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Iran nuclear talks will not resume until after Raisi takes office, US officials say

Iran's nuclear negotiation team has already begun transitioning to the new, more conservative, administration, local media reports
Nuclear deal talks
Delegation members from the parties to the Iran nuclear deal - Germany, France, Britain, China, Russia and Iran – attending a meeting in Vienna on 1 May (AFP/File photo)

Iran does not plan on returning to nuclear deal negotiations until a new government headed by President-elect Ebrahim Raisi takes office in August, US officials have said.

While the US and European partners are ready to enter the seventh round of negotiations in Vienna, Iranian authorities would hold off until next month's swearing-in of the new conservative administration, officials told the Washington Post on Wednesday. 

"They are not prepared to come back before the new government," a diplomatic source told the Reuters news agency.

"We are now talking probably not before mid-August," added the source.

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The Vienna talks, which began in April, have seen all the signatories of the 2015 nuclear agreement - known as the P5+1, which includes the US, the UK, France, Germany, Russia and China - come together for renewed negotiations. 

On Thursday, Iranian media reported that Raisi's foreign policy team had already effectively taken charge of Iran's negotiating committee.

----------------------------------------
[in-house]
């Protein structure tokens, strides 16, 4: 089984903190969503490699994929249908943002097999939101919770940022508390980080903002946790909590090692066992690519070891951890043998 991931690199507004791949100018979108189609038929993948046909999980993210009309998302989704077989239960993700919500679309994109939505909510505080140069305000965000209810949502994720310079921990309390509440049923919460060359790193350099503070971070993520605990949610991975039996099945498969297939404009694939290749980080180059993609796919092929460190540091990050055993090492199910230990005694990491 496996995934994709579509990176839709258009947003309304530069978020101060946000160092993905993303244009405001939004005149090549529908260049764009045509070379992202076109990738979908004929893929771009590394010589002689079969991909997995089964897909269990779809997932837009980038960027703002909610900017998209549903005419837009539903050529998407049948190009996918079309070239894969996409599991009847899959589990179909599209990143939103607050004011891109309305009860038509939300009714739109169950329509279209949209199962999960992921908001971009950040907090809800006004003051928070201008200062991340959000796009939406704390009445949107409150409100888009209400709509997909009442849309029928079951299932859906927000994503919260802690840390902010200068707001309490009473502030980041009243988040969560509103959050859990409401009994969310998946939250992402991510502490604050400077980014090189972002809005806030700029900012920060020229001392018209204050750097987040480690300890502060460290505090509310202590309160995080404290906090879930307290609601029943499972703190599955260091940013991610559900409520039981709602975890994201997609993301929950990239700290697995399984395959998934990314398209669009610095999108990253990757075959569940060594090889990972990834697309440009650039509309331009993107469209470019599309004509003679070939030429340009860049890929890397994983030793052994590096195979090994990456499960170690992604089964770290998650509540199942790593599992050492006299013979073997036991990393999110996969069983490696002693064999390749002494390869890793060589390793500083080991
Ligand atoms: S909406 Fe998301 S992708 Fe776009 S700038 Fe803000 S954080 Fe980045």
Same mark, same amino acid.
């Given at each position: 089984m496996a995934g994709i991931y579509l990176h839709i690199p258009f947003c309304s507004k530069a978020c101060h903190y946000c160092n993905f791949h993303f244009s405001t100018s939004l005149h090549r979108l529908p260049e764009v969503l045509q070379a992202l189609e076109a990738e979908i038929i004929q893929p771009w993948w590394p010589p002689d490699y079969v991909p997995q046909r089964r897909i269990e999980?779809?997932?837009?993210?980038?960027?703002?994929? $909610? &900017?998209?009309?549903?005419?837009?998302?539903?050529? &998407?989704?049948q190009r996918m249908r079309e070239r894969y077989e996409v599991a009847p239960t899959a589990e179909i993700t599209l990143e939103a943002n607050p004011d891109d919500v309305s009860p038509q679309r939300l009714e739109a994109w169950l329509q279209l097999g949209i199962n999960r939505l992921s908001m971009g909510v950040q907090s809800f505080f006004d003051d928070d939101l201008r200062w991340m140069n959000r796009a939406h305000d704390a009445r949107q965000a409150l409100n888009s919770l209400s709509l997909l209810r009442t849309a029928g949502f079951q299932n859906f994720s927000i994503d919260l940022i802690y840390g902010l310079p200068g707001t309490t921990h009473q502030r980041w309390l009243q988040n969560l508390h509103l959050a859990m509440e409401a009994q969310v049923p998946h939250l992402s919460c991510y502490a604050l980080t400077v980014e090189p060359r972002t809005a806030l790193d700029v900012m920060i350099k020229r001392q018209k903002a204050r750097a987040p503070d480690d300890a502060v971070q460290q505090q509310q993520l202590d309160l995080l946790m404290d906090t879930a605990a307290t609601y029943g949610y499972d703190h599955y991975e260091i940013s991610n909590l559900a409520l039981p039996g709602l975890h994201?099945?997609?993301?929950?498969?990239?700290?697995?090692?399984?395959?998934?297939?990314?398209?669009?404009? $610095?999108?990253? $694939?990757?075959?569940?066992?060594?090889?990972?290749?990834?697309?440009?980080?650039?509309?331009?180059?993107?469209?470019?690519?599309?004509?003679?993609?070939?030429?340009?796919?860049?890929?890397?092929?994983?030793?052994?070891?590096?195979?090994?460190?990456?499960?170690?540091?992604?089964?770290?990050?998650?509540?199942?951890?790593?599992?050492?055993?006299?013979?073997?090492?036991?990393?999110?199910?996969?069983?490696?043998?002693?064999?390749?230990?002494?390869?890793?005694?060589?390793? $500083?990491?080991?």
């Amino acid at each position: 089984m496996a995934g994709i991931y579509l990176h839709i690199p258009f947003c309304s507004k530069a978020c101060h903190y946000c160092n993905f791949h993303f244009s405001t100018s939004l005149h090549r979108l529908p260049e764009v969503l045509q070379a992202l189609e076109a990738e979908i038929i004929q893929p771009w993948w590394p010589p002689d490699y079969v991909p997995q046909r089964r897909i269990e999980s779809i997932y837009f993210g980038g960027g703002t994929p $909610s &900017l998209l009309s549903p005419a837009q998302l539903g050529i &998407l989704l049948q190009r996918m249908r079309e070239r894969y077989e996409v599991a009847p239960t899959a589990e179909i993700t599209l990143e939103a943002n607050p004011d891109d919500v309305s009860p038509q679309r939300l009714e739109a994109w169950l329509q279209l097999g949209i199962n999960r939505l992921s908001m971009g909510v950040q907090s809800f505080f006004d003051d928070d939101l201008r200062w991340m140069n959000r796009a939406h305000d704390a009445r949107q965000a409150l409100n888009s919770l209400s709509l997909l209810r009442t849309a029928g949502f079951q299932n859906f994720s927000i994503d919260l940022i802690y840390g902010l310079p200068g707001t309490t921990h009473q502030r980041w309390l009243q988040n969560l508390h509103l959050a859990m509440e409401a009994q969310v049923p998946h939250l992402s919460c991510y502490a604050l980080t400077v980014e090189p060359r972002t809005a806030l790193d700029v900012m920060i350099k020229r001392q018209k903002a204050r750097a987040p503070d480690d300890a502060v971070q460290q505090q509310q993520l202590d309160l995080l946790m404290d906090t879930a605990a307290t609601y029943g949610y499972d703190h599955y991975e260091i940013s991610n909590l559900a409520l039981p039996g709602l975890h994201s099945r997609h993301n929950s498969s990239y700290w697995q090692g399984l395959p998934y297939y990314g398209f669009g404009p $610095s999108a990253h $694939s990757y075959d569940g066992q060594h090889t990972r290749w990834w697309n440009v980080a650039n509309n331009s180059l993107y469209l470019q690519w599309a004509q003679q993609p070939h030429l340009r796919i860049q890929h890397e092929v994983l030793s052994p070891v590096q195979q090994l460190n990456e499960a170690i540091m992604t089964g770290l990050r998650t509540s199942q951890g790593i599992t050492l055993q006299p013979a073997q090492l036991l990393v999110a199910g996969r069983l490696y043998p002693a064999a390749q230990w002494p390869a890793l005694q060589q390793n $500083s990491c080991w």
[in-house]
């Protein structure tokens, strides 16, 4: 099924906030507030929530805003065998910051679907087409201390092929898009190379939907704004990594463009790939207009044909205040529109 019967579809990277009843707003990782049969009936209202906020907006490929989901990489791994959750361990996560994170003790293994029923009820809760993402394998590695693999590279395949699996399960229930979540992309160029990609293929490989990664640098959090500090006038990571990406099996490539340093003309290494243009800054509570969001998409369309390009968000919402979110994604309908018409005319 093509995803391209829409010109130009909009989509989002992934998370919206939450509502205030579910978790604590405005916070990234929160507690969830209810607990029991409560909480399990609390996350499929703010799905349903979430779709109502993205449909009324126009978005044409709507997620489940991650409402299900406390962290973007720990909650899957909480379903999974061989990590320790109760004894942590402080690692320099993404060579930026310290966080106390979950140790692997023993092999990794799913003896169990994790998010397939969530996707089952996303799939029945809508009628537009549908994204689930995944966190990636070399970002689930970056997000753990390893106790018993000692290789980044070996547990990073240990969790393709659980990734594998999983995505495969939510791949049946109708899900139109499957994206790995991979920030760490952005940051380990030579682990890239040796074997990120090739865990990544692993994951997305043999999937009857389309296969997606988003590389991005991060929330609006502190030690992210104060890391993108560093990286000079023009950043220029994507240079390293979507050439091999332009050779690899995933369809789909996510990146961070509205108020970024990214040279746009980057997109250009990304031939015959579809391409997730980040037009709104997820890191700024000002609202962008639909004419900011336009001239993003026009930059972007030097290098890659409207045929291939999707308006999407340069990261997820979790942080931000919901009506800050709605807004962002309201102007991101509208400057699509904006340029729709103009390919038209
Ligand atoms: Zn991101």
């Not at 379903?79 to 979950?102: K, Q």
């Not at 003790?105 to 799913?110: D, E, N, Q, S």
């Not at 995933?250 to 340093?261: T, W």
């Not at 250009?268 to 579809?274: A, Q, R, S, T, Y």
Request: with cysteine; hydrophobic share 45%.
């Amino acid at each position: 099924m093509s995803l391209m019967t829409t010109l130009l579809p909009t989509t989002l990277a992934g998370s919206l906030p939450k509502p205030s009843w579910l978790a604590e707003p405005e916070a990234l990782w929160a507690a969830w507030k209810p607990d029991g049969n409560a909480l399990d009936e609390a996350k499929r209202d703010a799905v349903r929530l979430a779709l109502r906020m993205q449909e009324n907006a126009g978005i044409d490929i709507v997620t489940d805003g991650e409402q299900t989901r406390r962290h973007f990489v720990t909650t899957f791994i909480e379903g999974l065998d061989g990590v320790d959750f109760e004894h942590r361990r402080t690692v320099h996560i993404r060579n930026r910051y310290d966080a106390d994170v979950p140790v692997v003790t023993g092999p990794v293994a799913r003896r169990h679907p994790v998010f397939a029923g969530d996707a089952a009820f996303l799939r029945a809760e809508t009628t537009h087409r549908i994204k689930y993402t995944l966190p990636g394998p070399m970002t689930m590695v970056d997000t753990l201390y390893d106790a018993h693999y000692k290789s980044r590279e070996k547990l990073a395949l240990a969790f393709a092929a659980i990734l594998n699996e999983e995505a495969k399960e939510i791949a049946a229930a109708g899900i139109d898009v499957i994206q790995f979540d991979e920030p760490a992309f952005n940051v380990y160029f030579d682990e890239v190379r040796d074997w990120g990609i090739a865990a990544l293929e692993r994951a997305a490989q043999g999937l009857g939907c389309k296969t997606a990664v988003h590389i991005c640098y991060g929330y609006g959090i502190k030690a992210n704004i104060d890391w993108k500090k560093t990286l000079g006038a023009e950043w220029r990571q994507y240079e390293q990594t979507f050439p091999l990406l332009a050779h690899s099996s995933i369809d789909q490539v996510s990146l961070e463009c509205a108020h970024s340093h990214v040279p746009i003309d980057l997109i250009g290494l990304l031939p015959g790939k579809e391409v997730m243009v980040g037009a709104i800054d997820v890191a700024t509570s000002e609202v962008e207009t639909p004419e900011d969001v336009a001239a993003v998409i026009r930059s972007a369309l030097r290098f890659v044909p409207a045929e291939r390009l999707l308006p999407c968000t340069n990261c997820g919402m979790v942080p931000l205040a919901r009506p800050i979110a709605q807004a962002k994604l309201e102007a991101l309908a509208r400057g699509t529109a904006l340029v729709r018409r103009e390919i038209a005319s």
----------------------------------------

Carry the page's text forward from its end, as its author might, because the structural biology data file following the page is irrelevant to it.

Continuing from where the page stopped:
Earlier this week, Iranian Foreign Minister Mohammad Javad Zarif shared a letter attached to a 262-page report to parliament about the nuclear deal, writing that he was "now on the verge of handing over responsibility to new brothers and sisters".

He urged the incoming administration to find a path back to the terms of the 2015 deal and reach an agreement with world powers in Vienna.

"If the US restores the nuclear deal, a successful outcome from the current talks in Vienna would be achieved," Zarif wrote in this letter.

Meanwhile, reports indicate that officials in the Biden administration have grown impatient with the pace of the negotiations and are becoming concerned that they could drag on indefinitely.

'We are ready when Iran is' 

On Wednesday, US State Department spokesman Ned Price warned there could be a point of no return, and stressed the importance of working to reach an agreement.

"This process is not indefinite," Price said. "There will come a point where our calculus will change, where the gains that Iran is able to make in its nuclear programme, the benefits it accrues might one day outweigh the benefit that the international community would accrue from a mutual return to compliance with the JCPOA," he continued. 

"We're not there yet, but that is why we believe we should - the international community, the United States together with our closest allies and some of our partners in the form of the P5+1 - should return to Vienna for these talks just as soon as we can."

'We are ready to go if and when the Iranians signal they are as well'